Fiers, Marie ULg; Barsics, Fanny ULg; Camerman, Marc ULg et al

Poster (2011, May 24)

Volatile organic compounds emitted by plants are known to intervene with various biotic environmental factors. Up to now, most of the studies have been focused on aerial volatiles and root liquid exudates ... [more ▼]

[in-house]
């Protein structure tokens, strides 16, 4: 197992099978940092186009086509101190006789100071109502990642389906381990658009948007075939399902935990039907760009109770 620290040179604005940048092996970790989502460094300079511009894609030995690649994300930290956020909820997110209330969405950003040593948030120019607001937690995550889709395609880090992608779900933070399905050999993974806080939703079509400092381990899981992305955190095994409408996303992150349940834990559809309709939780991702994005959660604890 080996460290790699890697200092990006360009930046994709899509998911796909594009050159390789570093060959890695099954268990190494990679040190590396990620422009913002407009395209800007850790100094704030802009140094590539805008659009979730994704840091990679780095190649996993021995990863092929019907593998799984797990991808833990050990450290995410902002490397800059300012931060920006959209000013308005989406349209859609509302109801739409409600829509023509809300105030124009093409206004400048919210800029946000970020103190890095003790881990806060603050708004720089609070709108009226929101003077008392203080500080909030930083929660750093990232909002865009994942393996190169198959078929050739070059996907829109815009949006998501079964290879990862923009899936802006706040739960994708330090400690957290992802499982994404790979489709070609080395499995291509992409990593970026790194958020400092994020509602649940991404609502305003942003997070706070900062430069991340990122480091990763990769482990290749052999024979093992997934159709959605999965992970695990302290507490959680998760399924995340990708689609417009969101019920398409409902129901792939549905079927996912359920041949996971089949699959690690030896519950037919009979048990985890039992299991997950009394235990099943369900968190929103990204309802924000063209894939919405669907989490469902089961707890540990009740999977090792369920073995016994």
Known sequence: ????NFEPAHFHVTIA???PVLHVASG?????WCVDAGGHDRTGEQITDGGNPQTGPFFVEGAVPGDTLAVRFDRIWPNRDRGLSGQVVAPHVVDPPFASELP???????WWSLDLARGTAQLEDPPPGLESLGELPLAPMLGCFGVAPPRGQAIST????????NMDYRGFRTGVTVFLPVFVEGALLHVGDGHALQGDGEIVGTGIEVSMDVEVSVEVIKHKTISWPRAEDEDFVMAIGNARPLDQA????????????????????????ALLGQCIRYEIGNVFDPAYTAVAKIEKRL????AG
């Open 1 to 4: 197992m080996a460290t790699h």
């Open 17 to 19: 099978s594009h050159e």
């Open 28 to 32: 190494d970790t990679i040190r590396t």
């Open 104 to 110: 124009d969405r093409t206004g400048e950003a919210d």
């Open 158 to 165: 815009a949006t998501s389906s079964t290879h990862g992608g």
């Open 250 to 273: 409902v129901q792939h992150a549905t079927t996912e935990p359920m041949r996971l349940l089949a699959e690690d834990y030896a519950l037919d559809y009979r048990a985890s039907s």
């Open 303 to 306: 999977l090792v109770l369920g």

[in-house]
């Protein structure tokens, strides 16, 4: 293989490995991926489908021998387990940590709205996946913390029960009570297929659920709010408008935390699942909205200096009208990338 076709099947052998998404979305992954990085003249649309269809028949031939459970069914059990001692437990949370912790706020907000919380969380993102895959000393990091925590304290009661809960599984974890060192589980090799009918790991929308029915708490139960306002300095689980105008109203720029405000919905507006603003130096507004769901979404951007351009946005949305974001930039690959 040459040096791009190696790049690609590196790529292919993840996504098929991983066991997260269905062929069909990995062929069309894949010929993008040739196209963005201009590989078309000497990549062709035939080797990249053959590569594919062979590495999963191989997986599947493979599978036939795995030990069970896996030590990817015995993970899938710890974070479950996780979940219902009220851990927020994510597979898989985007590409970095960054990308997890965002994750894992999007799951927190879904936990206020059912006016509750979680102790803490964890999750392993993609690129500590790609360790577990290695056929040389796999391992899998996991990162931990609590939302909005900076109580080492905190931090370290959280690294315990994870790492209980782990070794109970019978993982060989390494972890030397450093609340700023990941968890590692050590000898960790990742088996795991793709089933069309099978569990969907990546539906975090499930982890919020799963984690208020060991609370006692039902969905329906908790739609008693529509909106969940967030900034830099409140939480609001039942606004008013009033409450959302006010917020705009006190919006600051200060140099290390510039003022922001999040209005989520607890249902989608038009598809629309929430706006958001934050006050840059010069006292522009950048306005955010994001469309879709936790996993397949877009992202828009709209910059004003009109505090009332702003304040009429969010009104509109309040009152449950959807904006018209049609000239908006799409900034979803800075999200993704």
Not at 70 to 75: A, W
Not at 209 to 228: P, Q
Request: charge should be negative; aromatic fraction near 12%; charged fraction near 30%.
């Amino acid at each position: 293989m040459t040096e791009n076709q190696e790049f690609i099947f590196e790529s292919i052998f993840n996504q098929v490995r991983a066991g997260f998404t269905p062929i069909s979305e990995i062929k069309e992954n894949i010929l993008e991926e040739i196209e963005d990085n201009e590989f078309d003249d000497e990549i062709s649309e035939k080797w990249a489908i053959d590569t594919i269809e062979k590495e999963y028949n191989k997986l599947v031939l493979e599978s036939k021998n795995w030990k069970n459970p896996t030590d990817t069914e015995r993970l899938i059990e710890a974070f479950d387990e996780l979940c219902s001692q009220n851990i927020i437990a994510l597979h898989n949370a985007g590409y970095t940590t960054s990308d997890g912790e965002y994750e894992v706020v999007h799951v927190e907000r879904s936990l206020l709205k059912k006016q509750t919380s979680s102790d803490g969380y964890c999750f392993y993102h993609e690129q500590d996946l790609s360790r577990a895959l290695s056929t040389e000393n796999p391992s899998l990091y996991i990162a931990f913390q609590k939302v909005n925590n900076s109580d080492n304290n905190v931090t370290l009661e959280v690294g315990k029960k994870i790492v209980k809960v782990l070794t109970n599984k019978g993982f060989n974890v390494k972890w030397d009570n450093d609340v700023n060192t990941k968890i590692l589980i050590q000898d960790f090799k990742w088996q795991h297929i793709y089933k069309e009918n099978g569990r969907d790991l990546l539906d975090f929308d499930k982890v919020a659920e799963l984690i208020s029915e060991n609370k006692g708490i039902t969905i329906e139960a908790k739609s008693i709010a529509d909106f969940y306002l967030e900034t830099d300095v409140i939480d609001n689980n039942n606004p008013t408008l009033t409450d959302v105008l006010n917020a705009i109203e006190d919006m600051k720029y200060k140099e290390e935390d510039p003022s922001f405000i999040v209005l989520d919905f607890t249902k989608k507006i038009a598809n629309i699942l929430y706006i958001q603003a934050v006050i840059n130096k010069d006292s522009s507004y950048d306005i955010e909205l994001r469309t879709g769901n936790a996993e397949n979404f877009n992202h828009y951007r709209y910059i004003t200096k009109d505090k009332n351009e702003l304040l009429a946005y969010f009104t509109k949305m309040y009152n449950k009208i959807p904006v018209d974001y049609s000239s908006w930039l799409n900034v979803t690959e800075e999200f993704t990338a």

Volatile organic compounds emitted by plants are known to intervene with various biotic environmental factors. Up to now, most of the studies have been focused on aerial volatiles and root liquid exudates. Very few researches have been completed concerning belowground volatiles released into the rhizosphere despite their potential capacity to carry information between organisms. The Rhizovol project, started in autumn 2010, involves 5 different units of Gembloux Agro-Bio Tech collectively studying the production of belowground volatiles by barley roots underlying various biotic interactions in the rhizosphere. Some preliminary results of each partner of the project will be presented. To achieve this goal, analytical methods allowing the sampling, separation, identification and quantification of belowground volatile compounds have to be developed, taking into account their potential modifications in the rhizosphere once released by the roots. They enable the subsequent characterization and study of the interactions between barley and its rhizospheric partners chosen for this study. These interactions imply three types of organisms: beneficial organisms, pathogenic agents and plant and insect pests. Beneficial organisms can promote the growth of barley by the emission of volatiles; on the other hand barley can support their growth and metabolism. These phenomenons will be assessed by the study of 19 strains of plant growth-promoting bacteria (PGPR). Three pathogenic agents - two fungi (Fusarium culmorum and Cochliobolus sativus) and one virus (Barley yellow dwarf virus) - were chosen as they are known to cause various diseases on barley, especially on roots. The attractive or repellent effects of barley root volatiles on the pathogenic agents or their vectors, as well as the effect of volatiles on the diseases evolution will be evaluated. The project also includes several types of pests such as plants and insects. Plants can compete with barley for space and nutrients through volatile interactions. This will be assessed by the study of autotoxicity by barley itself and allelopathy with 8 weeds and a hemiparasitic plant (Rhinanthus minor). The effects of barley volatiles can also impact the severity of the attacks by insects. This part will be conducted with wireworms as they represent worldwide known pests, and aphids, through their viral vector role. Eventually, as soil characteristics can strongly influence the diffusion of volatile compounds, the diffusion behaviour of the identified volatile biomolecules through the soil will be modelled. Tritrophic interactions (e.g. insect-plant-pathogenic fungi) will be studied based on each bitrophic interaction results. Over-all, the Rhizovol project aims at improving the knowledge of interactions mediated by volatile compounds in the rhizosphere and at establishing new biocontrol methods that could contribute to integrated disease and pest management systems. [less ▲]